What’s Behind The WildCat Secrecy?


Jets offensive coordinator Tony Sparano may have something other than the traditional Wildcat up his sleeve this season.

Ever since Tim Tebow was traded to the Jets back in the spring, it has been debated and speculated to no end as to how the Jets would and should best utilize him and his strengths within their offense.  The Jets have released annoying daily “How We will use Tebow” updates during camp and that has undoubtedly fueled the speculations.  Jets eventually confirmed that Tebow will be their “Wildcat QB” but have decided to hide their Wildcat practices from the media and the world as if the Wildcat is some sort of  mysterious ANCIENT SECRET that is undiscovered and they, the 2012 NY JETS will unveil it for the first time EVER this season and until then they need to keep it Top Secret.  That’s certainly NOT the case but I do however believe that the Jets MIGHT have a legit reason for the secrecy surrounding the wildcat practices and my “reasoning” may sound more like a conspiracy or even wishful thinking but that’s what the Jets have forced everyone to do at this point, speculate utilizing our WILDEST imaginations.  What do you expect us to do when you practice the Wildcat, a creative and different offensive formation that is anything BUT a SECRET in this league, a formation that the league has actually defended QUITE well since Tony Sparano’ s Dolphins reminded the league a couple of seasons ago just how effective it can be, in SECRECY?  What else can one think except MAYBE you have a legit reason to do so?  Well I believe the Jets reasoning for this secrecy behind the Wildcat plays is most likely due to some sort of experimental modification of the formation by OC Tony Sparano that will infuse the Wildcat and the Spread Option together while utilizing pre-snap deception and trickery.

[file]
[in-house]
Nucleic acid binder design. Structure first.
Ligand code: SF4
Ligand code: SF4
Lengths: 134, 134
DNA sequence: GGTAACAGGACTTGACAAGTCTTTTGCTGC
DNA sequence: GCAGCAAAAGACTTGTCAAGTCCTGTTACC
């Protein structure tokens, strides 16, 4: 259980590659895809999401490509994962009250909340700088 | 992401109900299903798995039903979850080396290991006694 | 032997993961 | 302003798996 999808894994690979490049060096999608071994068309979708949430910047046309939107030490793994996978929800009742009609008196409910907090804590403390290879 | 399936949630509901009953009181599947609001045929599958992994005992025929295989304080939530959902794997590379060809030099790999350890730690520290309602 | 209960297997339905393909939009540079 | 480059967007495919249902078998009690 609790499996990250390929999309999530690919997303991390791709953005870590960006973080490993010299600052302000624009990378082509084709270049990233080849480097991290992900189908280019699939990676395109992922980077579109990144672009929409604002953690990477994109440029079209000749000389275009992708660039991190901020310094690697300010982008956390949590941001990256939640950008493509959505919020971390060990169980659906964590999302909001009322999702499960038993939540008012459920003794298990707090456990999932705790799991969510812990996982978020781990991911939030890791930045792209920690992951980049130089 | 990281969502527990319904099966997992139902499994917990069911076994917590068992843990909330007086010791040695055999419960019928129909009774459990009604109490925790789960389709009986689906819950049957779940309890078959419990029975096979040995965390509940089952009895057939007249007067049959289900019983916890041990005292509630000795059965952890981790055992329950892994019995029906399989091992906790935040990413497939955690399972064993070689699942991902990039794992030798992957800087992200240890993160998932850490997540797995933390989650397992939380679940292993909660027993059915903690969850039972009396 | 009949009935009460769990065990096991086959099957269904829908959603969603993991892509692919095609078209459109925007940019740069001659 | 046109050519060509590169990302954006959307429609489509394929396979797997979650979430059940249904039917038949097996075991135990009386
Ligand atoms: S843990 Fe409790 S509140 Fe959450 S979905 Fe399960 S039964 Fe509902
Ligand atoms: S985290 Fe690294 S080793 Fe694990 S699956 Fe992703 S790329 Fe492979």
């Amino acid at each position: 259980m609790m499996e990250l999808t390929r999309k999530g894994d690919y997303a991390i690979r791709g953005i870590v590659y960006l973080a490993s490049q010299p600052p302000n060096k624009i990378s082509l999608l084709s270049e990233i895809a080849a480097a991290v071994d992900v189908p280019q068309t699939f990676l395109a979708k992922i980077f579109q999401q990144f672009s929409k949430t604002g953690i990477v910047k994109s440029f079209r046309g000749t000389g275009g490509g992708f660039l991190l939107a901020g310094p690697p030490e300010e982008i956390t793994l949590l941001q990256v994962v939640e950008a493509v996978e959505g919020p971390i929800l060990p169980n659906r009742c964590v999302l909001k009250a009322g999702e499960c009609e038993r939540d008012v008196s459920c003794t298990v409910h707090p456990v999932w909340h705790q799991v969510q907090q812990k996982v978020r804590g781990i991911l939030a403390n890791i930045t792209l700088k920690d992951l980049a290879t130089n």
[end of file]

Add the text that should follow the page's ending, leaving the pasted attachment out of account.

Jets QB Tim Tebow's athleticism will be crucial in Tony Sparano's offense

Tin foil hat/big brother stuff right? Yeah I know, just stay with me.

I believe this offensive scheme will essentially call for both QBs to be on the field simultaneously in either a 3, 4 or 5 WR set,  predicated on pre-snap motions that will call for Mark Sanchez and Tim Tebow to alternate initial positions utilizing motions ultimately ending in a swap at QB under center or in the shotgun stance and calls for 1 or 2 WRs (depending on the WR set the offense is currently in) to most likely spread out to open up multiple vertical seams for both the running and passing game to exploit, as the defense is forced to spread itself thin across the field to cover everyone and having to decide to stay in their called defense or audible to defend the run or pass.  It will look similar to what Tebow ran in Denver last season but with a TWIST and that “twist” is Mark Sanchez and the pro-style offense that I think Sparano will infuse with the Spread Option/Wildcat.  Mark Sanchez and the pro-style offense will be the base offense that defenses MUST prepare for and what opposing defenses WILL see majority of the time on game day, something Denver’s opponents didn’t have to prepare for last season.  Though the Broncos did win some games utilizing the spread option offense (granted ALOT of WEIRD things DID happen in order for the Broncos to actually WIN those games), it eventually caught up to them in the playoffs vs the Pats as Tebow and that offense was exploited by Bill Bellichick and the Patriots.